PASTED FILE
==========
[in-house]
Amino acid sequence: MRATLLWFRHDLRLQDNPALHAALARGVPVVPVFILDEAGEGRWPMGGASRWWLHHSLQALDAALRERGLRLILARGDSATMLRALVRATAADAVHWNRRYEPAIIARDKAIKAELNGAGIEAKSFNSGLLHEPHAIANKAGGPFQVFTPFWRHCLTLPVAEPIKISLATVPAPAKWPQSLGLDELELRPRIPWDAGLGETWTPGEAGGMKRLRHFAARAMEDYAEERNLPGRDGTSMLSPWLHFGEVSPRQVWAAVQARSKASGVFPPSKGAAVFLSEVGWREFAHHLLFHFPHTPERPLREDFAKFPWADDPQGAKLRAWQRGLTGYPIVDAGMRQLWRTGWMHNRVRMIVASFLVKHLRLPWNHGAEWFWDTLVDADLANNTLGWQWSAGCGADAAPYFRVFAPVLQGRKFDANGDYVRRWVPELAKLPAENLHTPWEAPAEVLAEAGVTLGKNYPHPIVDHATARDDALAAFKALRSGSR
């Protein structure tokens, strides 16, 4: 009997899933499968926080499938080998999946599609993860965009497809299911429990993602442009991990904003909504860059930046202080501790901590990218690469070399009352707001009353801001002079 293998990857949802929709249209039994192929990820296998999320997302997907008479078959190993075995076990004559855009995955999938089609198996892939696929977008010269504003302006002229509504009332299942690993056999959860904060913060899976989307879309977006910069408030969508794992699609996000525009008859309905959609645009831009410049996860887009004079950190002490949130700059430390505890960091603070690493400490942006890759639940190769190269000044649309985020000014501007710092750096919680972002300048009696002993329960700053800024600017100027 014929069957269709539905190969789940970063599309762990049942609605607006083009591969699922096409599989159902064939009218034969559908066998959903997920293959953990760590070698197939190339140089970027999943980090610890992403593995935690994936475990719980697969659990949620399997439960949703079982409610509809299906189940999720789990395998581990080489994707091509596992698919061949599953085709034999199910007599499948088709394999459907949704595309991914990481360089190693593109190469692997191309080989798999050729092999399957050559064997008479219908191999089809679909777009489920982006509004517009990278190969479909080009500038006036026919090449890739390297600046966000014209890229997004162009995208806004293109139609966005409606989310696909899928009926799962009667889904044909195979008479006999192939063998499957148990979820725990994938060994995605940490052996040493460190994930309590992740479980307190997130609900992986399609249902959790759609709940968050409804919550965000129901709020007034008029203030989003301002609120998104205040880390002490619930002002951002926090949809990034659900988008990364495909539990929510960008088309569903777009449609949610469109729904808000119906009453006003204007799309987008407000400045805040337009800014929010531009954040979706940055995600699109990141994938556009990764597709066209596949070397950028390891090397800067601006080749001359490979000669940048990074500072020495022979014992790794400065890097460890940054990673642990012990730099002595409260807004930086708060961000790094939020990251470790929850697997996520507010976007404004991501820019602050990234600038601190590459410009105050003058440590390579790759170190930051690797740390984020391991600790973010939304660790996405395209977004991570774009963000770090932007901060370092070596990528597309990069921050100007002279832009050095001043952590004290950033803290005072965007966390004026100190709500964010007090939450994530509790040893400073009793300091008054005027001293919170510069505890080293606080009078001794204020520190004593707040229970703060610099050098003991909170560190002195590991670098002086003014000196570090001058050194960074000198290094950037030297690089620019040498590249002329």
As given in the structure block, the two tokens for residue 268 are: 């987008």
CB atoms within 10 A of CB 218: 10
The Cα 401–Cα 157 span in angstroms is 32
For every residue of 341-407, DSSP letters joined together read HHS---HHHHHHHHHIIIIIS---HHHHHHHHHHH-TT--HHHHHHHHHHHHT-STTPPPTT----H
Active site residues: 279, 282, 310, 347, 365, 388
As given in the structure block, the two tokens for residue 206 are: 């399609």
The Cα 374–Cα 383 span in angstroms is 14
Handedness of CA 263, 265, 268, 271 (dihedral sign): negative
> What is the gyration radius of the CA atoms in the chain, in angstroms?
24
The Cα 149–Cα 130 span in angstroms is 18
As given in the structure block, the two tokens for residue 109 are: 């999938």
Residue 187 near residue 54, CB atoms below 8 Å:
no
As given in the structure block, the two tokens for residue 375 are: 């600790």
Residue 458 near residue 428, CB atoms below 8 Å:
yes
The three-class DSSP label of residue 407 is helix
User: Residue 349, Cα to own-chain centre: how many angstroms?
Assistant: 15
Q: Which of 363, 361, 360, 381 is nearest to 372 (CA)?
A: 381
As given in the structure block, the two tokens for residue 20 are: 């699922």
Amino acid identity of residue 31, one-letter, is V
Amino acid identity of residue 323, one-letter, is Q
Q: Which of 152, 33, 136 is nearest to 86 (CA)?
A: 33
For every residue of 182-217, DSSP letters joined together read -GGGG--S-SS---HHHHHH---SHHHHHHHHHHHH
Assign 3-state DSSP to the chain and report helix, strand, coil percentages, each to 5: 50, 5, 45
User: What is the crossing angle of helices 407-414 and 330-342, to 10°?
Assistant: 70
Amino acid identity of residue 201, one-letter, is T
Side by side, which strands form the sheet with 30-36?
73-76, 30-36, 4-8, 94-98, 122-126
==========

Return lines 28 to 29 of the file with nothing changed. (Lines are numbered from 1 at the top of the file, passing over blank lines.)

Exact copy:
Amino acid identity of residue 323, one-letter, is Q
Q: Which of 152, 33, 136 is nearest to 86 (CA)?